For many children in Cambodia, home life is filled with so much trauma, violence, and discouragement that attending school is barely possible. For this reason, Children’s Future’s team of social workers strives to strengthen children’s familial support and encourage communities to ensure their safety. Our social workers extend support to children and their families, and have assisted in bringing about positive change in dire situations like that of 16-year-old Reaksmay.

Reaksmay tried very hard to study, but her home life was so turbulent that it took a great amount of intervention to ensure her safety, let alone her education. She lived in a tiny house with her three siblings and a father who frequently lashed out in bouts of alcoholism, domestic abuse, and sexual abuse.

Violence escalated harshly in Reaksmay’s house. At one point her father tried to burn the house down while on other occasions he made threats to kill his family. Reaksmay feared for her safety and her life every day. On top of the stress her home life caused, Reaksmay was forced to do rigorous labor around the clock in order to support her poverty-stricken family. It is thus no wonder Reaksmay dropped out of school in 7th grade due to the endless stress she faced.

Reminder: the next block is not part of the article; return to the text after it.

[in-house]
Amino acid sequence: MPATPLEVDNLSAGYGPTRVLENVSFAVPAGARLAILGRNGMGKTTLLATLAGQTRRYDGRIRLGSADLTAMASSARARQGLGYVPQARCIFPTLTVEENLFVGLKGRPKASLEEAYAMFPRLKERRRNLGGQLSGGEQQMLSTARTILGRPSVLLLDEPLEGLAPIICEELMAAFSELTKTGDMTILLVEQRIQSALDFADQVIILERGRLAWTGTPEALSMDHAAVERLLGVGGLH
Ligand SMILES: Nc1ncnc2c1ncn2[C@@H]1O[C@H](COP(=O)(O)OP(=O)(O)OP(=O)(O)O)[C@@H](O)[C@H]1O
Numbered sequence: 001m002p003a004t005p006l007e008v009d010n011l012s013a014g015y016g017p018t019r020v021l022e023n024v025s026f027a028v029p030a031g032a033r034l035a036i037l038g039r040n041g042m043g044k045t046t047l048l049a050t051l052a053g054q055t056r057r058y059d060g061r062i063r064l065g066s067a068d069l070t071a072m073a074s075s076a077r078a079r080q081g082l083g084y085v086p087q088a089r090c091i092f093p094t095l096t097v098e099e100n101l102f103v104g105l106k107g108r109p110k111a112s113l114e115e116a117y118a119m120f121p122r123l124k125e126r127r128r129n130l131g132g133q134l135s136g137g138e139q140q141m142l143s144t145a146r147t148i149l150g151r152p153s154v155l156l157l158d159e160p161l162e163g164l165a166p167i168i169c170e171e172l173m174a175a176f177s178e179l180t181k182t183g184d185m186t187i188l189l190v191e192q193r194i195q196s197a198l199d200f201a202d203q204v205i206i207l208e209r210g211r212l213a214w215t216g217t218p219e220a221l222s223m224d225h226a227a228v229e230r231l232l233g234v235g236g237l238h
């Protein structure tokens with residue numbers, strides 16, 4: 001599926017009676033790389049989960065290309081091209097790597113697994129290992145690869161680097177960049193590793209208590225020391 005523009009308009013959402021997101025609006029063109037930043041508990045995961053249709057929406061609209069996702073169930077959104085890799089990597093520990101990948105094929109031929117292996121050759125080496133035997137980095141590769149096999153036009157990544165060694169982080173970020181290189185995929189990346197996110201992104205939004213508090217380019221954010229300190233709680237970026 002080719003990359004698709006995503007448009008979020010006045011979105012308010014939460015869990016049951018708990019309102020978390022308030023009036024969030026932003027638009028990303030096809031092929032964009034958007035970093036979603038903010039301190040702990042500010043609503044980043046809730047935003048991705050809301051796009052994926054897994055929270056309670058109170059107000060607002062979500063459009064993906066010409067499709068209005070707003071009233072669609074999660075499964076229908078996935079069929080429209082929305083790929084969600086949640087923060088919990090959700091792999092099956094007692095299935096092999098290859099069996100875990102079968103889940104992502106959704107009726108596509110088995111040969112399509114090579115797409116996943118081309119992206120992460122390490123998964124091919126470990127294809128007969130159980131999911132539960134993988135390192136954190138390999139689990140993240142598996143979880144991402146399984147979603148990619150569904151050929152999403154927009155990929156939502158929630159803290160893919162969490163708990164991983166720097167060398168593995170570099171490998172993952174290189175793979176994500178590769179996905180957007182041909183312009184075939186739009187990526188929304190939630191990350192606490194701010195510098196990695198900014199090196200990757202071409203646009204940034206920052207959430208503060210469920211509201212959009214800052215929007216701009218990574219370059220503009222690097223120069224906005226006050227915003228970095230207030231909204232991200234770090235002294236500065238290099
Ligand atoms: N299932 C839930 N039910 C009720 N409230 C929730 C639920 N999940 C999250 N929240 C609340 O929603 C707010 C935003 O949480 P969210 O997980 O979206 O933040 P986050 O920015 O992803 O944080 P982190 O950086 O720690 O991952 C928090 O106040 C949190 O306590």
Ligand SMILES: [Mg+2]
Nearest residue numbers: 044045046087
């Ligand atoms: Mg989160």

Knowing Children’s Future’s reputation for helping children in danger, Reaksmay’s mother asked CFI for help. CFI created a family safety analysis which declared it unsafe for Reaksmay and her family to continue living with her unstable father and worked with partners to relocate them. CFI involved local authorities, police, community leaders, her mother, and relatives from both sides of the family in the case conference to create a sense of community ownership.

Reaksmay lived in a shelter for victims of domestic violence for three months and now lives in a safe house provided by a partner NGO and is in vocational school for sewing. The family never thought they had a safe future ahead. The community authorities placed Reaksmay’s father in a rehabilitation center. Her mother is no longer in constant fear and trusts the resources she has in the community. Reaksmay’s teachers applaud her success in vocational school and she hopes to start her own business in the market to support herself and her siblings.